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The Year in Review

A Dash, Dominance and a Lot of Drama: the District 9 Year That Was in 2022

NEW BETHLEHEM, Pa. (EYT/D9) — Mylee Harmon felt a knot in her stomach and her heart hammer in her chest.

She always experienced the butterflies zipping around inside her gut before a race.

This time, though, was different.

This time, the stakes couldn’t be higher.

(Pictured above, Redbank Valley’s Mylee Harmon is all smiles as she holds her gold medal in the 400-meter dash)

Harmon settled into her block at the start of the 400-meter dash at the PIAA Track and Field Championships at Shippensburg University in May with a feeling she could do well. A fourth-place medal, maybe; third if she could run a good race.

Her run was more than good.

But as the event started, she lagged behind. By the final turn, she was in fifth place.

Then something remarkable happened over the next 110 meters.

Harmon still isn’t sure what came over her. It was like an outer-body experience.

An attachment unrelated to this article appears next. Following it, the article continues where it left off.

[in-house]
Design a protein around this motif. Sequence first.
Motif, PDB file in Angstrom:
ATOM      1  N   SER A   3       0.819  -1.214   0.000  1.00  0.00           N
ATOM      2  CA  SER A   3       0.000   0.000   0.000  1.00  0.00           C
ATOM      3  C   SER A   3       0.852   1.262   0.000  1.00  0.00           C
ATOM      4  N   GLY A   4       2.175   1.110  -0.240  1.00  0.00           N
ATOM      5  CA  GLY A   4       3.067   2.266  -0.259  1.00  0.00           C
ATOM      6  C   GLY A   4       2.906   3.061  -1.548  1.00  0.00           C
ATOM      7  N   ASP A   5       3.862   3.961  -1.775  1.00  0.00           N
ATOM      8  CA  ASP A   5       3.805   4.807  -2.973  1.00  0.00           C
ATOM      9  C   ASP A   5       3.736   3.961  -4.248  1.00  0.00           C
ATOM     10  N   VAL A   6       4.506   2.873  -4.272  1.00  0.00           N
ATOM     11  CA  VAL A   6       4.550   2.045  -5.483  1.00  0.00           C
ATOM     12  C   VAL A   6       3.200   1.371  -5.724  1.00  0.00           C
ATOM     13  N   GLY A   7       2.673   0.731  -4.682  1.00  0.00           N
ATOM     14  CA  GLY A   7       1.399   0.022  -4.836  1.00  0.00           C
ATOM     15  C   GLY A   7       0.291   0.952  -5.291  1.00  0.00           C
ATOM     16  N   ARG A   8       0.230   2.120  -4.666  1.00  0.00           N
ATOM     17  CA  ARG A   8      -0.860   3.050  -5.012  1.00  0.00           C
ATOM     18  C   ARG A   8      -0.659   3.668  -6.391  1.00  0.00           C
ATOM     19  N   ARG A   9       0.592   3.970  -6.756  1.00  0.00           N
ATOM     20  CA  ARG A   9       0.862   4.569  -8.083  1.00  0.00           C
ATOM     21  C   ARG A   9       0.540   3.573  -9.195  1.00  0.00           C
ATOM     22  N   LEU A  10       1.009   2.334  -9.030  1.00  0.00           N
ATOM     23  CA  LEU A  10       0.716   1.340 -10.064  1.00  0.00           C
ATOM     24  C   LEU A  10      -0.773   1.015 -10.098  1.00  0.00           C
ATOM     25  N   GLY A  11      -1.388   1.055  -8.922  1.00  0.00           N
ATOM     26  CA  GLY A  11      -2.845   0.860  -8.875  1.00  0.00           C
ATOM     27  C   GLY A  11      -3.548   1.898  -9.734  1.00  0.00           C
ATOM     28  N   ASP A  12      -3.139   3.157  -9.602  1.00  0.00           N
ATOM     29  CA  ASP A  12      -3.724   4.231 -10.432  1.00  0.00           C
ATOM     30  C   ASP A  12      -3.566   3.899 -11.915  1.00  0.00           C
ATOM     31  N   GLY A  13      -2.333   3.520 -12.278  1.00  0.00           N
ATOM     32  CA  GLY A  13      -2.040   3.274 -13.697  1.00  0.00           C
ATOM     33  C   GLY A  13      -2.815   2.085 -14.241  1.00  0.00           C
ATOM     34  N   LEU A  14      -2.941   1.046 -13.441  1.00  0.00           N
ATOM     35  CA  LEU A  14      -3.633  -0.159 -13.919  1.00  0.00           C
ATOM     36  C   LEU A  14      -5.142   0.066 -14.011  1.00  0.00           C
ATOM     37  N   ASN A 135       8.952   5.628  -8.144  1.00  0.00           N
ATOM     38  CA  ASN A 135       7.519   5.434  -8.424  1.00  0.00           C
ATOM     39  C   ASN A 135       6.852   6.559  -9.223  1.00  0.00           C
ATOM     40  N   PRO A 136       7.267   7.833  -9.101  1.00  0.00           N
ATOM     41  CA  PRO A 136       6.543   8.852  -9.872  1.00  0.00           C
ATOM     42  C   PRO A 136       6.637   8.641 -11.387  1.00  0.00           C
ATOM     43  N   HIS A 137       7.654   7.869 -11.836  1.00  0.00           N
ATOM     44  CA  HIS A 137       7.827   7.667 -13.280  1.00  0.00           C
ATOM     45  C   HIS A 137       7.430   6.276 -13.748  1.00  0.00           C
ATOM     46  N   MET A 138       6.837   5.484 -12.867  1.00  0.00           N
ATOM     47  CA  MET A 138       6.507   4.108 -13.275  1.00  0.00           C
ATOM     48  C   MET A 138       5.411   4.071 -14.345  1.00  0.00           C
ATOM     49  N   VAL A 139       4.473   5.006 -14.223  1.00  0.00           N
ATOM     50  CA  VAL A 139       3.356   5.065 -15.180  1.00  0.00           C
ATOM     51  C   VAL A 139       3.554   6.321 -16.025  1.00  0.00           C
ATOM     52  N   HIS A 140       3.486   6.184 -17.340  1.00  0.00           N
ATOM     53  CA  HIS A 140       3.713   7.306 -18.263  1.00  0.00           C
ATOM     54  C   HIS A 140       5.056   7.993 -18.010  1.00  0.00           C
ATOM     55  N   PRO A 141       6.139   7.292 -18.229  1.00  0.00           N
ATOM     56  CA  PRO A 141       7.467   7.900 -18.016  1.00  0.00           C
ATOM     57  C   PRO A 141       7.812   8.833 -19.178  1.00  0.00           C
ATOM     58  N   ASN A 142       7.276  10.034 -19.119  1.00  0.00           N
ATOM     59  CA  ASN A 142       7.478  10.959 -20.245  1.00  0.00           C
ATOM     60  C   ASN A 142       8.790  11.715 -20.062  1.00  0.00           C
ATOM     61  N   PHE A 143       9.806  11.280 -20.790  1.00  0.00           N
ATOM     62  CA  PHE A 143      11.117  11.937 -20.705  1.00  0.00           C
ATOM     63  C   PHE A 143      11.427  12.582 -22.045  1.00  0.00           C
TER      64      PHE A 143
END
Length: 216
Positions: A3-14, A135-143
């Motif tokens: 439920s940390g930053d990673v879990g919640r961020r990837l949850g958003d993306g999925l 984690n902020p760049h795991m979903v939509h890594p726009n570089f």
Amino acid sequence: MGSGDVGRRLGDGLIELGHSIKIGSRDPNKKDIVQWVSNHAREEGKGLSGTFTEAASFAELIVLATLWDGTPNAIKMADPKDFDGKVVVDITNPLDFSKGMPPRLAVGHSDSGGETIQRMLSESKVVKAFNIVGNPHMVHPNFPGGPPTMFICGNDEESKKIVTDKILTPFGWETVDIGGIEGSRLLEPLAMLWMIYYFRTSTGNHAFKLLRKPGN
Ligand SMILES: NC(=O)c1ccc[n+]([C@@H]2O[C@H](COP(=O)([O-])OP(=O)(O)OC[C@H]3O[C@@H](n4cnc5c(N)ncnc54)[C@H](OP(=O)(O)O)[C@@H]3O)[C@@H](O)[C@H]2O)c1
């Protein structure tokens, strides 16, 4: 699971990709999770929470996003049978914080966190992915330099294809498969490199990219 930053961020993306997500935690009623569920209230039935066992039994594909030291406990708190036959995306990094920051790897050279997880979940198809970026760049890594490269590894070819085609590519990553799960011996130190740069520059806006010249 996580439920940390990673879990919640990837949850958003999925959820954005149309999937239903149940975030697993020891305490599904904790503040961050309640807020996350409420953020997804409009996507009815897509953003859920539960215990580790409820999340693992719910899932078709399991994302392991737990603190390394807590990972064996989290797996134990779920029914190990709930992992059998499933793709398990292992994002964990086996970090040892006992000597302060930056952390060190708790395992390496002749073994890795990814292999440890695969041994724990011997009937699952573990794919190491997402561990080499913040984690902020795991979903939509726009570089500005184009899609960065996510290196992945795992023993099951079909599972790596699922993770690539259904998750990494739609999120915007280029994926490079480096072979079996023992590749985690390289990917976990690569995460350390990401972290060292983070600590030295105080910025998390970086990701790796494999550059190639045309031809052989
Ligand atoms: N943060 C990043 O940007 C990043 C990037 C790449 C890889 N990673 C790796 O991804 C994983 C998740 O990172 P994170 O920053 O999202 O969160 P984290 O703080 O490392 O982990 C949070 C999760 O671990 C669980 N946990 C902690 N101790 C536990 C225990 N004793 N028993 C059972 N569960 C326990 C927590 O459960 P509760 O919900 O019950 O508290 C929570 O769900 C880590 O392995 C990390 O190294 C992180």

“I just knew they were slowing down and it seemed like I was speeding up,” Harmon said. “I just said to myself that I needed to keep going, that I needed to keep pushing. Then the adrenalin just kept me going.”

Suddenly, she was fourth. Then third. Then second, bearing down on the frontrunner over the final 20 meters.

As the leader, Lily Saul of Montoursville, stumbled just before the finish line, Harmon crossed, still unsure if she had won.

When it was confirmed that she had — with a school-record time of 57.15 seconds — Harmon still didn’t believe it.

(Mylee Harmon)

“I was like, ‘Are you serious?’” Harmon said. “‘Is this like actually happening?’ It wasn’t until I got onto the podium that I was like, ‘Oh, wow, I actually just did that.’”